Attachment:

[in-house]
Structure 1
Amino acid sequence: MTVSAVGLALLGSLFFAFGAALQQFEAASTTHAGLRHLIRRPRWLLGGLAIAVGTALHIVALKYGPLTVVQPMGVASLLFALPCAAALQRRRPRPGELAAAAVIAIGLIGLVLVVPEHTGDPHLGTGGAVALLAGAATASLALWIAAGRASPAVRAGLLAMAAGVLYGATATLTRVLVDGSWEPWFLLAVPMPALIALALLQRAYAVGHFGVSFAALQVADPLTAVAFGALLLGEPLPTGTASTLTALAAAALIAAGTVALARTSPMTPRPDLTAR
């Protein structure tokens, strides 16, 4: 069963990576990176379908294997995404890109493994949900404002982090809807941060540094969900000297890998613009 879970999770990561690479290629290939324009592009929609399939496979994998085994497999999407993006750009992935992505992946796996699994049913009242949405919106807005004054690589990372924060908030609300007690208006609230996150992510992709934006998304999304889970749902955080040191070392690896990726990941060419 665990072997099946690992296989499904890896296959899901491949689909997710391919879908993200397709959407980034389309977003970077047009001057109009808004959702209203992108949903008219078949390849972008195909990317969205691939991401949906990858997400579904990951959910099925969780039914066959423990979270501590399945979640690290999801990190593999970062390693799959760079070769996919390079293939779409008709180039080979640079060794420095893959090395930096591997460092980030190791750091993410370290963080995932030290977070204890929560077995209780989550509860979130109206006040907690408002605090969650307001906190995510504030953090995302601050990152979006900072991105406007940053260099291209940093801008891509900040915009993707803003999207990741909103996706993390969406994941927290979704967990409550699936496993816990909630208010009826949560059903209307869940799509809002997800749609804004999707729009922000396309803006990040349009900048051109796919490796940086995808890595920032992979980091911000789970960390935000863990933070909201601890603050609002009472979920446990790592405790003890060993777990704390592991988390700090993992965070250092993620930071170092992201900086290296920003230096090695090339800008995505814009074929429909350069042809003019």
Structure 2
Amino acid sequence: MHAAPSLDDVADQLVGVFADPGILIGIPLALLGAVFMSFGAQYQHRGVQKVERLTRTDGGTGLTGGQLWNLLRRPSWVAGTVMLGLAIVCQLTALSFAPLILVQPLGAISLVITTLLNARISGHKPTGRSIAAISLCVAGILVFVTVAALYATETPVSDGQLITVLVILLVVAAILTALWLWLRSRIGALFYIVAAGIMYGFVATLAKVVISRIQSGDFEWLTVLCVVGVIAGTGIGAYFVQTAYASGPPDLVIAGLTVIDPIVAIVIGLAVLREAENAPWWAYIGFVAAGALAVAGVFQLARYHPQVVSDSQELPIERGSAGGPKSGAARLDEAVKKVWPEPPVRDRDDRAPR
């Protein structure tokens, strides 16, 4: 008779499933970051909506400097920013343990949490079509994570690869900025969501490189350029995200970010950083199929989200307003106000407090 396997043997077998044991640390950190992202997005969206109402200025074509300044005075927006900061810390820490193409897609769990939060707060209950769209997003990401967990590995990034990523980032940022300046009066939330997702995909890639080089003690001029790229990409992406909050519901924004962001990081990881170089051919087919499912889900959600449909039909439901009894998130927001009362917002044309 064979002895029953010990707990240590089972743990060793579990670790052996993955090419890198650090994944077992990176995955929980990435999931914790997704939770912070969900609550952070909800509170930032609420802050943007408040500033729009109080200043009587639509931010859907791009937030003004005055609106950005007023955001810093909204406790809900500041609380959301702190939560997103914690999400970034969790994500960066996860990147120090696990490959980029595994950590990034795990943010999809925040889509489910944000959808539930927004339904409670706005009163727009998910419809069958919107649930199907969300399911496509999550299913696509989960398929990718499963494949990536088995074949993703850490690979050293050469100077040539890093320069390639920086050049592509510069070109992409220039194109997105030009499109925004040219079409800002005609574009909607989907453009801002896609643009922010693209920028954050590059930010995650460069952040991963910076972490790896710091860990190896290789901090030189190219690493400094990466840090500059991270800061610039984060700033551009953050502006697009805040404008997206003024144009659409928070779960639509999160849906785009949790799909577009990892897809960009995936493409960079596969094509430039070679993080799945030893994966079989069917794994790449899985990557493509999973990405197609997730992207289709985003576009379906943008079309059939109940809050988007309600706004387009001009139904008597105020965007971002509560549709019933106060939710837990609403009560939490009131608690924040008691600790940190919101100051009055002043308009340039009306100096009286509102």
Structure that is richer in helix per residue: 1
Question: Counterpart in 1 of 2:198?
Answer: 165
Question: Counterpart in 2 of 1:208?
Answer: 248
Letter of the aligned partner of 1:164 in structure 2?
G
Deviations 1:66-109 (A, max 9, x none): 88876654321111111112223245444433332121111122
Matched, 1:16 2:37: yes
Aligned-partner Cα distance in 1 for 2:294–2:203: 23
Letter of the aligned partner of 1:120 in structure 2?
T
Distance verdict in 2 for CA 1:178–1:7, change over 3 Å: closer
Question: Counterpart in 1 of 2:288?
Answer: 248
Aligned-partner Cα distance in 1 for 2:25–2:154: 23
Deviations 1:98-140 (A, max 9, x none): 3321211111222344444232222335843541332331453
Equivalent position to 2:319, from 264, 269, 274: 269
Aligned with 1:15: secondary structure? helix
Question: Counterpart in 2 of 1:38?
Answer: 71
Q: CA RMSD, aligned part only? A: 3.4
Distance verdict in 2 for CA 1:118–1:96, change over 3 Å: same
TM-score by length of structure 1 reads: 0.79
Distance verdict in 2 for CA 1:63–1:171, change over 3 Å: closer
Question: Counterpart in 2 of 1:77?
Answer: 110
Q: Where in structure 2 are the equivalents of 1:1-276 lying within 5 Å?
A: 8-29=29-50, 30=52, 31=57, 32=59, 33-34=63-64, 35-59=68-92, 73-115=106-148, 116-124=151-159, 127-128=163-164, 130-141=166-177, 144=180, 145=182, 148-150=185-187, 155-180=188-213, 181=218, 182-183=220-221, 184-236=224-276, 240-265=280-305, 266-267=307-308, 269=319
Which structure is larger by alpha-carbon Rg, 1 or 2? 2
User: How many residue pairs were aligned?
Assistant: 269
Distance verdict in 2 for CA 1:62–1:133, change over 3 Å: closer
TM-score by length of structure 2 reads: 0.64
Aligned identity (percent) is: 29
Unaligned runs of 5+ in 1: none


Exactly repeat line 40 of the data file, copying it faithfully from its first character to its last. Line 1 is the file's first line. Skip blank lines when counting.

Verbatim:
Distance verdict in 2 for CA 1:62–1:133, change over 3 Å: closer